Half of world’s rare antelope population died within weeks

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More than half of the world’s population of an endangered antelope died within two weeks earlier this year, in a phenomenon that scientists are unable to explain.

At least 150,000 adult antelopes were buried during a fortnight in May, but scientists say the actual figure will be significantly higher as many more carcasses were found but not counted as part of the burials. Calves were not counted, but it is thought that hundreds of thousands died too.

Known for their distinctive cylindrical snout, bulging eyes and curled horns as well as their ability to survive dramatic changes in temperature, the animals are one of the most on the planet.

Before the most recent die-off, the estimated population was between 250,000 and 320,000. The die-off has only occurred in the plains of , where 90% of the global population resides.

Dead saiga antelopes in Kazakhstan. At least 150,00 died within a fortnight earlier this year. Photograph: Sergei Khomenko/FAO

The mass mortality defies understanding of how biological systems normally behave, scientists have said. They believe the deaths occurred too quickly to be attributed to a transmissible disease.

There are no wounds or evident trauma that would point to poaching and no obvious signs of malnutrition. Soil and water samples have not revealed any significant presence of toxins or by radiation, despite claims by Kazakhstan activists that fuel from Russian rockets could be to blame.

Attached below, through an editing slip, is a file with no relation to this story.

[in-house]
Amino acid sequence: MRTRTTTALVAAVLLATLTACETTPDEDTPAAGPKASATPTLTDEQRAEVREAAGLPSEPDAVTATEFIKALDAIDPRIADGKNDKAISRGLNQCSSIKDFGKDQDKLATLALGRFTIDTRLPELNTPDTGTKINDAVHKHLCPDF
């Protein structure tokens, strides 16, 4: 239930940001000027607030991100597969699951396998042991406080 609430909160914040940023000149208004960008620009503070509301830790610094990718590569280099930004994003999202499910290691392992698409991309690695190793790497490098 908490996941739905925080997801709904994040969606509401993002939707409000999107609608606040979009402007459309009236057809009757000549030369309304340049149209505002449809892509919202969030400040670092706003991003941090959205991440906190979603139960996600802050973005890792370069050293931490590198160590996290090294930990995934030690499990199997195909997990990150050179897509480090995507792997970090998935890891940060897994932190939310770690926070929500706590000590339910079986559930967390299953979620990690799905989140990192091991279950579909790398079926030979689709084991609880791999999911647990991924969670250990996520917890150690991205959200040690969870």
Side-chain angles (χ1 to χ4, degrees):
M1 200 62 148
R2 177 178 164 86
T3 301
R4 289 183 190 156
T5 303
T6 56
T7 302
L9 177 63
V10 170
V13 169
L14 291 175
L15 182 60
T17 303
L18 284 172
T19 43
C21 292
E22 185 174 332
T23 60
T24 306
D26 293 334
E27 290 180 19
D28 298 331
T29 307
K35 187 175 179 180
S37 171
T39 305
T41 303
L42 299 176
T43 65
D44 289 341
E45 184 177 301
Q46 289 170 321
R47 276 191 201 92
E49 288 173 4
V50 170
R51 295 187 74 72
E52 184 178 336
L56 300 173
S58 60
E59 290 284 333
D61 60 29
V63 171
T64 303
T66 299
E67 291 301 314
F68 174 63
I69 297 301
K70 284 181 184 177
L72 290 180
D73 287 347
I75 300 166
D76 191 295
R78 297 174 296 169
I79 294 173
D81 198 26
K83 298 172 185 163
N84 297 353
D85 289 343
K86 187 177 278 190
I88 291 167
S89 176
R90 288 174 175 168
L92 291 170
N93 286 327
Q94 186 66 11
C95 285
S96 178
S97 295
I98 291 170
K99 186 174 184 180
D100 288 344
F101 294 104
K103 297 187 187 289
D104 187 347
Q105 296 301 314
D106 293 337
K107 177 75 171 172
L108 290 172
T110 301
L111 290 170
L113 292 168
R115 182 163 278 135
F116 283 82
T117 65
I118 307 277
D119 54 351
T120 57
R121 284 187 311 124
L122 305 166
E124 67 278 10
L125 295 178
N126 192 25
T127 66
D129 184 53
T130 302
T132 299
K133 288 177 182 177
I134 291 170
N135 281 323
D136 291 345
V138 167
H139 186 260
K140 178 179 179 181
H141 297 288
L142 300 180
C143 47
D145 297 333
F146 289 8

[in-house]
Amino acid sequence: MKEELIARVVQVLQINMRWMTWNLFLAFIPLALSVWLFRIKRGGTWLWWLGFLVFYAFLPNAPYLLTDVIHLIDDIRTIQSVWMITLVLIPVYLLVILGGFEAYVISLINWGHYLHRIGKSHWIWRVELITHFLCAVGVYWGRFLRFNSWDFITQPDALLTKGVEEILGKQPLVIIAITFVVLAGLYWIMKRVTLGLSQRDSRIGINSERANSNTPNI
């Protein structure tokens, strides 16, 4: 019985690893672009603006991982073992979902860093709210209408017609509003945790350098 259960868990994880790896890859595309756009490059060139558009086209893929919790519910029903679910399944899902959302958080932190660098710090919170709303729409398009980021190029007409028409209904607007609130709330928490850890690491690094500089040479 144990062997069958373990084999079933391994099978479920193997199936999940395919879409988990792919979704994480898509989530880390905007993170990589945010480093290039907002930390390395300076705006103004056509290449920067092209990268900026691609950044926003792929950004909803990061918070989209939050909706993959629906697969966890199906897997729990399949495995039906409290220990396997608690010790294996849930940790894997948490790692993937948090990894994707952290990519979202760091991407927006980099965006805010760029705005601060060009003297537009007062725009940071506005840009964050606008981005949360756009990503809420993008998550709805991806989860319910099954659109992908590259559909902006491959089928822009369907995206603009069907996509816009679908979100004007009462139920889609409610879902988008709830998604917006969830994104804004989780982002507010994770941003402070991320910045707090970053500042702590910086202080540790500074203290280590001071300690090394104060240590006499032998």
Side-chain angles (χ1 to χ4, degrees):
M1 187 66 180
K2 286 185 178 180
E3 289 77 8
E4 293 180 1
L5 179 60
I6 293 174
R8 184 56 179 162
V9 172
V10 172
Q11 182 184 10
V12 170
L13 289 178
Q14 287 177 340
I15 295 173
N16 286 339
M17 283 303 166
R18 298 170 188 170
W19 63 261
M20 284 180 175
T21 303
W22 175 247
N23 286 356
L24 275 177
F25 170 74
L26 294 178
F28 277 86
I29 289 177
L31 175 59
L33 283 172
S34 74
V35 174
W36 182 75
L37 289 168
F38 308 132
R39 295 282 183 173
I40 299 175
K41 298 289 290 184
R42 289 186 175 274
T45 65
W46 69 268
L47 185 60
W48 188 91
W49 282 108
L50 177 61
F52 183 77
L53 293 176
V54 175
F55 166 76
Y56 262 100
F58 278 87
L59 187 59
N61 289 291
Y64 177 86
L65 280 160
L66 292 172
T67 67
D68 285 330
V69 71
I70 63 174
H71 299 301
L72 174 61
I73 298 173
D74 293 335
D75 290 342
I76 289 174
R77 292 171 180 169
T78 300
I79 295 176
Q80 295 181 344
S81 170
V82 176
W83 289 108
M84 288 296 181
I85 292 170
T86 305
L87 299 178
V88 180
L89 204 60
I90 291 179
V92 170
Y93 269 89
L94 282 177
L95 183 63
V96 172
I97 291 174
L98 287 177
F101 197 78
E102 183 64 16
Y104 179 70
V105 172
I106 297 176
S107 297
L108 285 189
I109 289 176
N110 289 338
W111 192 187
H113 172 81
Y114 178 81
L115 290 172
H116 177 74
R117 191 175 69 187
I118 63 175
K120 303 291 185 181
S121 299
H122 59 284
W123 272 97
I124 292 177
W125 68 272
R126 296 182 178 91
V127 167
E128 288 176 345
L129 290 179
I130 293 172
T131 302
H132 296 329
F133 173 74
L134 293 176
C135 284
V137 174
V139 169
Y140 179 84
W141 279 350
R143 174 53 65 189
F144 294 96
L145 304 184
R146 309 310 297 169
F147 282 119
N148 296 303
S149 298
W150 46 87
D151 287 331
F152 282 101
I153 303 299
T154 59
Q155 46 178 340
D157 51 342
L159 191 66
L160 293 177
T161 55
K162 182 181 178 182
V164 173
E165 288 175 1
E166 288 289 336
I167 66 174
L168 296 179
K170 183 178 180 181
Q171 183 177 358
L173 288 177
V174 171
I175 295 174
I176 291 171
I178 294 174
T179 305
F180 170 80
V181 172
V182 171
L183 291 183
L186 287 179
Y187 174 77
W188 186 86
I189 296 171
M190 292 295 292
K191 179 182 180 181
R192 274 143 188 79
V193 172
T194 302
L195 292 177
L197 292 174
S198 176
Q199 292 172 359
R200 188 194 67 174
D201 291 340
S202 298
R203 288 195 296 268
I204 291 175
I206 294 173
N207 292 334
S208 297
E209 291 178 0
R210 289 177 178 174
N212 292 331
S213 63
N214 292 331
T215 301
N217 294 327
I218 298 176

The most likely culprit is a bacteria called pasteurella already living in the throat of the animals, Prof Richard Kock from the Royal Veterinary College at the University of London told the Guardian.

Although normally dormant, it is likely that an unidentified trigger caused it to change its character and “become nasty”, he said, producing toxins that could attack the antelope’s organ systems and cause death within hours.

Dr Steffen Zuther examines a dying female saiga. Photograph: Sergei Khomenko/FAO

But something must have triggered this change across the entire population; most likely a environmental factor, said Kock.

A temperature drop from 30C to -5C within 24 hours occurred in the days before the die-off, during the calving period after the animals have shedded their protective winter coats. However, similar temperature changes have occurred in previous years.

Saiga antelope (Saiga tatarica) in profile - "Сайгак" by Seilov - www.ulytautour.kz. Licensed under CC BY-SA 3.0 via Commons
Saiga antelope () in profile – “Сайгак” by Seilov – www.ulytautour.kz. Licensed under CC BY-SA 3.0 via Commons

Ongoing climate change could also have had an impact, with significant temperature rises in the region in recent years, he added. Changes to vegetation and soil and the presence of toxins are being further investigated.

“It could all be down to timing. If you get your ducks all lined up in a row, something happens. Whatever it is, it has to be something that would affect all of them.”